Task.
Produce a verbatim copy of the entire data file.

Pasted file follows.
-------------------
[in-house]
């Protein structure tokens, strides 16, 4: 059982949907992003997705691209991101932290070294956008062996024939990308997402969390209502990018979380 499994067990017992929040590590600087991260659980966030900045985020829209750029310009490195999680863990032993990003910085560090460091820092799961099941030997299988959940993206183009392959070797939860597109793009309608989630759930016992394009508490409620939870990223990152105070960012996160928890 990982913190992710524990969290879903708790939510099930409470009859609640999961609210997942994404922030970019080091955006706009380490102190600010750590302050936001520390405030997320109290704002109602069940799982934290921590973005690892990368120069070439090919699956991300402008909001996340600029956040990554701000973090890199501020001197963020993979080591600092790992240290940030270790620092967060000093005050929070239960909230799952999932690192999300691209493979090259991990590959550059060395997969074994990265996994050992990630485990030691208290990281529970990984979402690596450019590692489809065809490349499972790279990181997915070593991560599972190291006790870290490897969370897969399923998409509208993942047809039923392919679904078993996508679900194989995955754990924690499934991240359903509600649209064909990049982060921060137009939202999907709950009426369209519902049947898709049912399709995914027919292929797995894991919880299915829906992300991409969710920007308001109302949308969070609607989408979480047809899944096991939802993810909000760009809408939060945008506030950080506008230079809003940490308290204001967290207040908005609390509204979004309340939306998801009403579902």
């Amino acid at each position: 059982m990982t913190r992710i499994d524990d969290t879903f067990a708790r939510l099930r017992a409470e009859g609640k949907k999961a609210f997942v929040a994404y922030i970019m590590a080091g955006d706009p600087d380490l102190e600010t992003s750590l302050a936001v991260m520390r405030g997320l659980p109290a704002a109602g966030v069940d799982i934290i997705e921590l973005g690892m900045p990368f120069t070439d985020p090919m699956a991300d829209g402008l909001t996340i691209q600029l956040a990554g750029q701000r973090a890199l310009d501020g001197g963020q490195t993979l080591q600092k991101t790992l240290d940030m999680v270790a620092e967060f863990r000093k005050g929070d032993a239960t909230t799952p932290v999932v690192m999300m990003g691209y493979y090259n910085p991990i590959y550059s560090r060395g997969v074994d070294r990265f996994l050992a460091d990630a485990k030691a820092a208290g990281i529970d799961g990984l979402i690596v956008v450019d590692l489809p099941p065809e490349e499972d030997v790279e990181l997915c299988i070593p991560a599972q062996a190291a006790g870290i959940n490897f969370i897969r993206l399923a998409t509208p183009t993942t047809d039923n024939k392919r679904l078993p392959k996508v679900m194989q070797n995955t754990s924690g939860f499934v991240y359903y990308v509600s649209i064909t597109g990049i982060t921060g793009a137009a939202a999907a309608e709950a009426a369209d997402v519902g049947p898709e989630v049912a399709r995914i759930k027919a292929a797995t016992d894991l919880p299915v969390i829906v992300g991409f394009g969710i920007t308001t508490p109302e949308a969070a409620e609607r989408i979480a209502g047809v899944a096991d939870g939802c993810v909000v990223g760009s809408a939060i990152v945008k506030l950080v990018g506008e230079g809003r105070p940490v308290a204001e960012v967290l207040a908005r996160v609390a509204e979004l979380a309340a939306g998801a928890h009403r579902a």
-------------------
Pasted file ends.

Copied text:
[in-house]
């Protein structure tokens, strides 16, 4: 059982949907992003997705691209991101932290070294956008062996024939990308997402969390209502990018979380 499994067990017992929040590590600087991260659980966030900045985020829209750029310009490195999680863990032993990003910085560090460091820092799961099941030997299988959940993206183009392959070797939860597109793009309608989630759930016992394009508490409620939870990223990152105070960012996160928890 990982913190992710524990969290879903708790939510099930409470009859609640999961609210997942994404922030970019080091955006706009380490102190600010750590302050936001520390405030997320109290704002109602069940799982934290921590973005690892990368120069070439090919699956991300402008909001996340600029956040990554701000973090890199501020001197963020993979080591600092790992240290940030270790620092967060000093005050929070239960909230799952999932690192999300691209493979090259991990590959550059060395997969074994990265996994050992990630485990030691208290990281529970990984979402690596450019590692489809065809490349499972790279990181997915070593991560599972190291006790870290490897969370897969399923998409509208993942047809039923392919679904078993996508679900194989995955754990924690499934991240359903509600649209064909990049982060921060137009939202999907709950009426369209519902049947898709049912399709995914027919292929797995894991919880299915829906992300991409969710920007308001109302949308969070609607989408979480047809899944096991939802993810909000760009809408939060945008506030950080506008230079809003940490308290204001967290207040908005609390509204979004309340939306998801009403579902």
């Amino acid at each position: 059982m990982t913190r992710i499994d524990d969290t879903f067990a708790r939510l099930r017992a409470e009859g609640k949907k999961a609210f997942v929040a994404y922030i970019m590590a080091g955006d706009p600087d380490l102190e600010t992003s750590l302050a936001v991260m520390r405030g997320l659980p109290a704002a109602g966030v069940d799982i934290i997705e921590l973005g690892m900045p990368f120069t070439d985020p090919m699956a991300d829209g402008l909001t996340i691209q600029l956040a990554g750029q701000r973090a890199l310009d501020g001197g963020q490195t993979l080591q600092k991101t790992l240290d940030m999680v270790a620092e967060f863990r000093k005050g929070d032993a239960t909230t799952p932290v999932v690192m999300m990003g691209y493979y090259n910085p991990i590959y550059s560090r060395g997969v074994d070294r990265f996994l050992a460091d990630a485990k030691a820092a208290g990281i529970d799961g990984l979402i690596v956008v450019d590692l489809p099941p065809e490349e499972d030997v790279e990181l997915c299988i070593p991560a599972q062996a190291a006790g870290i959940n490897f969370i897969r993206l399923a998409t509208p183009t993942t047809d039923n024939k392919r679904l078993p392959k996508v679900m194989q070797n995955t754990s924690g939860f499934v991240y359903y990308v509600s649209i064909t597109g990049i982060t921060g793009a137009a939202a999907a309608e709950a009426a369209d997402v519902g049947p898709e989630v049912a399709r995914i759930k027919a292929a797995t016992d894991l919880p299915v969390i829906v992300g991409f394009g969710i920007t308001t508490p109302e949308a969070a409620e609607r989408i979480a209502g047809v899944a096991d939870g939802c993810v909000v990223g760009s809408a939060i990152v945008k506030l950080v990018g506008e230079g809003r105070p940490v308290a204001e960012v967290l207040a908005r996160v609390a509204e979004l979380a309340a939306g998801a928890h009403r579902a």